Johnbull Okpara, chief accounting officer and controller at Citigroup, recalls a defining moment from earlier in his thirty-year-career. He was working at American Express and doing pretty well—or so he thought.
The CEO had organized a lunch meeting for high-potential employees, and he asked Okpara what feedback he was getting from his own team. “I told him that I had not received any constructive feedback, and that everybody said I was doing a great job,” Okpara recalls. “On top of that, I had recently been promoted. He said, ‘Listen, if people are telling you that you are perfect, then they are lying to you, because if you were, you should be the CEO. Even beyond the CEO, perhaps retired already.’”
Feedback, Okpara says, is a gift. “I encourage young folks to seek feedback, take it on board, and leverage and work on it. I call it ‘feed-forward,’ which translates to, ‘What am I going to do next time?’ To me, that is much more important than ‘What did I do wrong the last time?’”
Born and raised in Nigeria, Okpara is the middle child of nine. This, he says with a laugh, might account for his competitiveness. He credits his parents for his work ethic and intellectual curiosity. His father was a professional photographer. His mother, a lifelong chef, ran the most popular restaurant in town. “She was up at 5:00 a.m. and went to bed past midnight,” he says.
Okpara devoted himself to his studies. “Studying was my escape from working in the restaurant,” he jokes.
Initially he earned a degree in applied chemistry. “As a photographer my dad had a stint with Shell Oil early in his career,” he says. “The degree was supposed to position me very well to work in the oil industry as an engineer.”
Enter Arthur Andersen. Fairly new to Nigeria, the global accounting and consulting firm focused its recruiting on candidates who came from a variety of discipline but had one thing in common: they were the best and the brightest. “They had a broad array of career paths in consulting, accounting, tax, and advisory, and offered the best training and development,” Okpara says.
The company also had a very competitive recruiting process, Okpara adds, which appealed to that side of his personality.
Joining Arthur Andersen was foundational for Okpara’s career. “I was not a natural accountant,” he recalls. “I remember arguing with one of my instructors at our induction training about debits and credits. I could not see why debits were a good thing for ledger balance sheet and asset perspective when it is a bad thing for my bank account. Suffice to say, it is now very clear.”
His experience at Arthur Andersen in Lagos, Nigeria, and subsequently in New York, he says, was instrumental in building his foundation in accounting, financial statement analysis, business writing, client communication, and other areas.
While working at the company, he obtained his Certified Public Accountant (CPA) qualification in Pennsylvania and earned his MBA at New York University, Stern School of Business, majoring in finance and management.
Okpara joined Citigroup in November 2020. His previous role was head of financial planning and analysis for Morgan Stanley as well as CFO for the infrastructure groups. Other career milestones include stints with Ernst & Young’s Business Risk Services practice and American Express, where he spent a combined six years in New York and about four years in London in various financial management and controller roles.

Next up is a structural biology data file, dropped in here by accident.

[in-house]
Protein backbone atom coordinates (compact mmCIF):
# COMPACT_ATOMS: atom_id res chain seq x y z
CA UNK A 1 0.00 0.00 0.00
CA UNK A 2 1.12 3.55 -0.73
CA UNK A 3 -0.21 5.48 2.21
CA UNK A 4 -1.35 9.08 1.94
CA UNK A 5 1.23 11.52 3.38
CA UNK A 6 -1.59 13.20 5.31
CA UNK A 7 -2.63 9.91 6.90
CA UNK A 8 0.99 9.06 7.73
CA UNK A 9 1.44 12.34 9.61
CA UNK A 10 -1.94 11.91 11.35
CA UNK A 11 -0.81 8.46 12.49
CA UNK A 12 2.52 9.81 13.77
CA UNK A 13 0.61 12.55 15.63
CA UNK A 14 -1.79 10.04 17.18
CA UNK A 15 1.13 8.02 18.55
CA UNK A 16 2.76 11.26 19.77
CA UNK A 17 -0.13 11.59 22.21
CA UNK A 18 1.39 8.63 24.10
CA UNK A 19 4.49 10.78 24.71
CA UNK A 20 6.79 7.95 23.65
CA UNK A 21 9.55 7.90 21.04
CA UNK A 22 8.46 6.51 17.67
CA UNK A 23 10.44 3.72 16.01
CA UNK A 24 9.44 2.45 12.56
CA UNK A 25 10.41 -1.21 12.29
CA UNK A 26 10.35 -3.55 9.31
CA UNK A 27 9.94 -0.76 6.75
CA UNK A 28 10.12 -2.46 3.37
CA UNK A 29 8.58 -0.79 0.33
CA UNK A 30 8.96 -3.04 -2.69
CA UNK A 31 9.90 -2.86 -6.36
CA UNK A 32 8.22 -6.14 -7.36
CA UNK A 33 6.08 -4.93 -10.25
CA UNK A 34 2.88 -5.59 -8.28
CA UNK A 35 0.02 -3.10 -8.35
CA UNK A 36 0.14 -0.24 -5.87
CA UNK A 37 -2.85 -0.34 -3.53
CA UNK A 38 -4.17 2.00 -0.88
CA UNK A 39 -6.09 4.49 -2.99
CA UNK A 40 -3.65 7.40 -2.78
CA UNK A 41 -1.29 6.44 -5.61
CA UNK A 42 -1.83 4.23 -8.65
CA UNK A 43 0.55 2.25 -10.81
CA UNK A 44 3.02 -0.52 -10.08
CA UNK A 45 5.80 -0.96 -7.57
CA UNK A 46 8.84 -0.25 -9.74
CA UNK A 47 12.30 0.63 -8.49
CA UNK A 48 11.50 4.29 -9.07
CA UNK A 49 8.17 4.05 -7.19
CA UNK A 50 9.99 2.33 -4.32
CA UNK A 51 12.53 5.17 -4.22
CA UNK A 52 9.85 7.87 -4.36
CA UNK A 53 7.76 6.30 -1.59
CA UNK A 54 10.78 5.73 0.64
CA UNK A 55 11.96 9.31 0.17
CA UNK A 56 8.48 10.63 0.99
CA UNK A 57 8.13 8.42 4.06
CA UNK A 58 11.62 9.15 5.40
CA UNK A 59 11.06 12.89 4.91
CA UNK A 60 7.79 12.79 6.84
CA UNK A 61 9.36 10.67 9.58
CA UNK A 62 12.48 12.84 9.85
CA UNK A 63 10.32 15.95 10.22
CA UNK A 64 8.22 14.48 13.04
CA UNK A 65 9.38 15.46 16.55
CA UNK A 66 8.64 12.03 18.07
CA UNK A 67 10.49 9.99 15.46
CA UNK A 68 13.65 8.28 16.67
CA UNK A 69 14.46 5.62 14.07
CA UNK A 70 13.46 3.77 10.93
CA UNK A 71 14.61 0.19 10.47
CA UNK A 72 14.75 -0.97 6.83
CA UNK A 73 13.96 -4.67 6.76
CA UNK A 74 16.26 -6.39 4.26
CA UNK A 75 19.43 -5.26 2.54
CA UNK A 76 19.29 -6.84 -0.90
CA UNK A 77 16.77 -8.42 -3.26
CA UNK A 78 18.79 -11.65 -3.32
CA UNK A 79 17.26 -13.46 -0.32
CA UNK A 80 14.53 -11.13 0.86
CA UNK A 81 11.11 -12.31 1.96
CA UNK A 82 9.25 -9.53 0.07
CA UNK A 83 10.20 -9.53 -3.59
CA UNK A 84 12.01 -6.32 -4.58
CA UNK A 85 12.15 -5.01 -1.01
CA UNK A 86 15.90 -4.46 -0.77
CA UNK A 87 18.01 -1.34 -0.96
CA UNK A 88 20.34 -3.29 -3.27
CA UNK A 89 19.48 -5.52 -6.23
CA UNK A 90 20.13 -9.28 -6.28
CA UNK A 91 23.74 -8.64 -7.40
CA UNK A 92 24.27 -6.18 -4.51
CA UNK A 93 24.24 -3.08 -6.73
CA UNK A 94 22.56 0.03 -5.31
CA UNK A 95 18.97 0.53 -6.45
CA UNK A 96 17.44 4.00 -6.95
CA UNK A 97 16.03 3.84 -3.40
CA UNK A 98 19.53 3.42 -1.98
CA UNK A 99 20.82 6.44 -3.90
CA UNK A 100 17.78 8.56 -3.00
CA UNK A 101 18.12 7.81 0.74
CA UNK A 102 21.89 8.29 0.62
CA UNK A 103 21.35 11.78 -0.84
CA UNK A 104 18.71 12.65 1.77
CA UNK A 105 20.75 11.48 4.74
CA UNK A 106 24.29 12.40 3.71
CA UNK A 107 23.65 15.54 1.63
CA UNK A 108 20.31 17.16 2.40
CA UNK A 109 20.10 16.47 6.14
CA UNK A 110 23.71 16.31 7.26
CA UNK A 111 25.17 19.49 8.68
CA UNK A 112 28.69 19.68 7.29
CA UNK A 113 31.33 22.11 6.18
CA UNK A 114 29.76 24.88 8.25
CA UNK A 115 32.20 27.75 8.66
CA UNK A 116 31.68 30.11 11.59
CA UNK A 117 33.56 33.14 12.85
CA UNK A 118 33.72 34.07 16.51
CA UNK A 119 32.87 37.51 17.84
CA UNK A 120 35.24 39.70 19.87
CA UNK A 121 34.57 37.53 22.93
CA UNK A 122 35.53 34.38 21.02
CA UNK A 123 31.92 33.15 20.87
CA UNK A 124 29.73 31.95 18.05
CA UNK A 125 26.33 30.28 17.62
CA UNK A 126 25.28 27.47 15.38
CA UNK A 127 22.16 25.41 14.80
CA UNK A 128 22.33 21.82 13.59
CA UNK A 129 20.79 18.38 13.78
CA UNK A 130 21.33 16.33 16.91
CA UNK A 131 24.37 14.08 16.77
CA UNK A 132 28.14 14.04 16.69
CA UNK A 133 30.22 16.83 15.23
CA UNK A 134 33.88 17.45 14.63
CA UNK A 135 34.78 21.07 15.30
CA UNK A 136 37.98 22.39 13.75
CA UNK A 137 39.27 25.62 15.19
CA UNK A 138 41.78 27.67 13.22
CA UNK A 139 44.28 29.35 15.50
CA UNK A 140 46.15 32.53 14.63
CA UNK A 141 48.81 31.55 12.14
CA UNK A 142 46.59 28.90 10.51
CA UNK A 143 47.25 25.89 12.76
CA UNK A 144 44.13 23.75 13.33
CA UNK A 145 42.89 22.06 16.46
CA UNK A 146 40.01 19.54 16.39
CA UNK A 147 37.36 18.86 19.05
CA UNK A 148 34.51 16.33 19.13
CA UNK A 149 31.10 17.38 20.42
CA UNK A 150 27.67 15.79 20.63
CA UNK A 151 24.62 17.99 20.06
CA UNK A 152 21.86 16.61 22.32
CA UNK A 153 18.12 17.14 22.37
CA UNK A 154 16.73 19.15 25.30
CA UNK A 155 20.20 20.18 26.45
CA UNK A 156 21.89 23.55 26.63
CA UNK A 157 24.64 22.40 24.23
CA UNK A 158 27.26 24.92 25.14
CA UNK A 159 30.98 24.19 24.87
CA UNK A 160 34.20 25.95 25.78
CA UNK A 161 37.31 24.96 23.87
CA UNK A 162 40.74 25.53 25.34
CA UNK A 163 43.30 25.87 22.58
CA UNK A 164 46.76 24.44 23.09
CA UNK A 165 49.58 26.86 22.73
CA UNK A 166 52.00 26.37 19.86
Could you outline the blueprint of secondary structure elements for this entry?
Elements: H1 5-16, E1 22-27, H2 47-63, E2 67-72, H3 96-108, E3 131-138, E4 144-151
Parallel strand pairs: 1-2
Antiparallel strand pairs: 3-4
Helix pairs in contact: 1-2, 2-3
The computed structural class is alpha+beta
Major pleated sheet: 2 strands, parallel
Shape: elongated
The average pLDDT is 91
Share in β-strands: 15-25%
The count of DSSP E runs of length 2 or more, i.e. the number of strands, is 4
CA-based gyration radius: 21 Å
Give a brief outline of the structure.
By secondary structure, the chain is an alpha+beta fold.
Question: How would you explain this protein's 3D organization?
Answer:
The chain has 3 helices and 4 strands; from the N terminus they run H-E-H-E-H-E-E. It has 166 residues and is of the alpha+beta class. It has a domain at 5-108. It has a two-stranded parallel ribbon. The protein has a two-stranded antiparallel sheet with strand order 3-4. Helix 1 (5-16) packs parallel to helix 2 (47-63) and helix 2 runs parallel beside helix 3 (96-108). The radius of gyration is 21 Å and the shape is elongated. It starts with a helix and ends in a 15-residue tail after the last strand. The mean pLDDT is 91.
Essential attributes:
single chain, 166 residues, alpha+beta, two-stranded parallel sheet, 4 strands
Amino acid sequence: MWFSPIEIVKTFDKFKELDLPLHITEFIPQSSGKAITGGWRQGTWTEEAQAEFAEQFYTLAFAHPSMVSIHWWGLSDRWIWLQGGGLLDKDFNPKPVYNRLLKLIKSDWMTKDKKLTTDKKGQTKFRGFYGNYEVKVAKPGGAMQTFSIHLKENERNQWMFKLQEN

He then returned to the United States, where he oversaw M&A related activities at American Express and then served as a deputy controller at Capital One.
“I’m voracious when it comes to learning,” Okpara says. “An organization is like a house, and the more rooms in that house you’re familiar with, the better prepared you are to one day be the keeper of that house. My intellectual curiosity has led me to do different things.”
As chief accounting officer and controller, Okpara is the guardian of Citi’s galaxy, overseeing financial and regulatory reporting, valuation of financial instruments, accounting policy, and transformation of finance operations. He also leads the CFOs of most of Citi’s international markets, insurance risk management, business unit controllers, and internal controls management including Sarbanes Oxley Compliance, credit controls, and corporate accounting.
But he considers mentorship to be among his most important roles. He leads a team of more than three thousand individuals and oversees approximately five thousand people in total. “I take most pride in hearing that I have made a difference in someone’s career or in their personal situation,” he says.
As far as work/life balance, Okpara views it like an investment portfolio: he seeks balance on average and in chunks over time, not necessarily daily or weekly. That’s how he is able to juggle his very busy work life and, along with his wife, Jacklyn, focus on their four children (who are all active student athletes).
Inside and outside Citigroup, Okpara strives to be a “change agent.” A few years ago, he served on the board of Alvin Ailey American Dance Theater, one of the world’s premier modern dance theaters. He is on the board of the Nigerian Higher Education Foundation as well as a Nigerian American foundation in his own name that focuses on healthcare screening. He has also been a member of the Executive Leadership Council, an organization committed to increasing the number of global Black executives, since 2014.
Okpara is a subscriber to the two R’s: relationships and results. “I like to get to know the people who work with me,” he says. “One of the first things I did when I got here was to undertake an organization redesign. I did a survey of who’s who and what they did. It’s important to put people where their strengths are maximized. I am anchored in making everything and everyone I work on and with better, including myself!”